Peter Challen, British poet-priest and peace activist, offers by verse, a promising way of looking afresh at familiar and inflamed conflicts.

"Inclusive justice requires learning to slay giants
without slaying or flaying people;
to alter mindsets without affronting the dignity
of those who differ on the fundamental flaws
in our economic system"

Let us apply this lens to look at recent reports of the Confederation of Indian Industries’ dis-comforting encounters with Gujarat Chief Minister Narendra Modi. Could this perspective offer answers for those in the Indian corporate sector who are disturbed by the drift of events. What we are witnessing is essentially not a tussle between Mr. Modi and the CII. The real conflict is between reality and perception at many different levels. For example, the brutal reality of the Gujarat carnage and the perception of some people that nothing much is amiss in that state because, they believe, that reports of the violence have been exaggerated.

Similarly the reality that India’s crisis of governance is deepening exponentially is contrasted with the ‘feeling’ that the nation will somehow survive with or without rule of law. The reality of rampant intolerance -- whether directed at a particular community or shops selling Valentine’s Day cards -- is contrasted by many people’s perception that these are ‘sporadic’ incidents that somehow do not affect them.

These perceptions, or varied forms of denial, explain why the one person who raised the issue of governance in Gujarat at a CII meeting, in Mumbai in January, was aggressively shouted down by other participants. At a more recent CII meeting in Delhi leading industrialists, Rahul Bajaj and Jamshyd Godrej, hesitantly asked Mr. Modi basic questions about the law and order situation in Gujarat and were angrily dismissed by the Chief Minister. Subsequently, Mr. Modi reportedly boycotted a major CII event in Ahmedabad.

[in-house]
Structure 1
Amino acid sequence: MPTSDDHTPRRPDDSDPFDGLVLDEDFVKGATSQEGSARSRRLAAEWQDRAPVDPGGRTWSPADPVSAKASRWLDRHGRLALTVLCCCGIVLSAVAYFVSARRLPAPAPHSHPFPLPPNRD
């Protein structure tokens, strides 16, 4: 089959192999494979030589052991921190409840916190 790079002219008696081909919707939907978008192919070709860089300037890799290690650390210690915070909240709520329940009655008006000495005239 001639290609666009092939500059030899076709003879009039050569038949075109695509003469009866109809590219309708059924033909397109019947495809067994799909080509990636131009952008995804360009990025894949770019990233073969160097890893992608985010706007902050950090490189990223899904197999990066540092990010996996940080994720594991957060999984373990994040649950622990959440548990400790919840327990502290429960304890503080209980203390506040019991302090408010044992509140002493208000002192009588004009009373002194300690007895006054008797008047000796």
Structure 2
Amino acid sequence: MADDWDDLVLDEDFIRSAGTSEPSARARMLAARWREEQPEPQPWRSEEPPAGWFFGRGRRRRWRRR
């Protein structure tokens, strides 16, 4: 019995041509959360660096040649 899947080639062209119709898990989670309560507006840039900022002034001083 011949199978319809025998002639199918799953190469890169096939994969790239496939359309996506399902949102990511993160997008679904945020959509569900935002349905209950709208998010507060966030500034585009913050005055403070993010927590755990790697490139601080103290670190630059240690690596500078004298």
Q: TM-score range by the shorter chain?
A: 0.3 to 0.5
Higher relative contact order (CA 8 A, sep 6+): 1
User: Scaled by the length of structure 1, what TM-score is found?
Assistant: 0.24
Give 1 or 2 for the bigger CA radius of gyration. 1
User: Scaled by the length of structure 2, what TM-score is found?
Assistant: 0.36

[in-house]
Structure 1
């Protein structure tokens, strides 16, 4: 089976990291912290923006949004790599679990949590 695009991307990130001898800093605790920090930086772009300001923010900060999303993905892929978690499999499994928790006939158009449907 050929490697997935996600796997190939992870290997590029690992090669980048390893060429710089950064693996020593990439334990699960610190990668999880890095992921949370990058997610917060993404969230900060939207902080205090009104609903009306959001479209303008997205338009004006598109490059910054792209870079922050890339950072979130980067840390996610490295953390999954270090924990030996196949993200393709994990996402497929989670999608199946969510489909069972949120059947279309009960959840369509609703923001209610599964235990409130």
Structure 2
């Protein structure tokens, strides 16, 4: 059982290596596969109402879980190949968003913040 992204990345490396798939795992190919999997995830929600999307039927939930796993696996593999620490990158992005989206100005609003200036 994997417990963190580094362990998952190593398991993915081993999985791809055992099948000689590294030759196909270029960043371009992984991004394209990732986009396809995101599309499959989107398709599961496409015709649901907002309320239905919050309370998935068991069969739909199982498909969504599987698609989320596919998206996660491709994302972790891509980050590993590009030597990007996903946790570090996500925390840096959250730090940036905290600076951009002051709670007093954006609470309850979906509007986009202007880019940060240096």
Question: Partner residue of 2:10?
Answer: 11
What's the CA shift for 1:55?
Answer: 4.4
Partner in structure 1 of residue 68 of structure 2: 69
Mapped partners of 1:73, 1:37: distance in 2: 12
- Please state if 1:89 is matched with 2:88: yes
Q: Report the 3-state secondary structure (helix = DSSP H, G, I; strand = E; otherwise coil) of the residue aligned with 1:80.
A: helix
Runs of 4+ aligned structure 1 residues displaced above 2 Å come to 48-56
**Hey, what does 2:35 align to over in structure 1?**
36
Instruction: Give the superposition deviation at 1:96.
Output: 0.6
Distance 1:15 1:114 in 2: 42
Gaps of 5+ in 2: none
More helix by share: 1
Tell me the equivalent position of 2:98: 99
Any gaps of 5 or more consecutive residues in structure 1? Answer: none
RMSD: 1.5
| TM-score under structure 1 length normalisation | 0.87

This confirms the general impression that every leading industrialist who has spoken out against the carnage in Gujarat has been shouted down or ‘ticked off’ by the powers that be in New Delhi. Therefore, even among the top layers of the business elite, people now fear that their own life and property could be at risk if they openly condemn the culture of violence and intimidation. There is a visible sense of despair that this silence of the business community is helping to kill civil society and business. But, what is not so obvious is that many of these people deeply resent being put in this position and are quietly itching to do something about it.

How then do you fight for inclusive justice without, as the poet suggests, "slaying or flaying people"?

  • Firstly, by accepting that there are no easy short-term answers and being ready for the long haul.
  • Secondly, by refusing to demonize the ‘other’.
  • Thirdly, by remembering that the power of a bully invariably depends on never being challenged and confronted.
  • And fourthly, by not hesitating to pool energies for even the most humble actions aimed at ensuring just rule of law.

    It is important to stress that the problem is not limited to communal violence. No one has forgotten how, some years back, a mob of Shiv Saniks destroyed a first-rate hospital on the premises of J.K. Industries in Thane.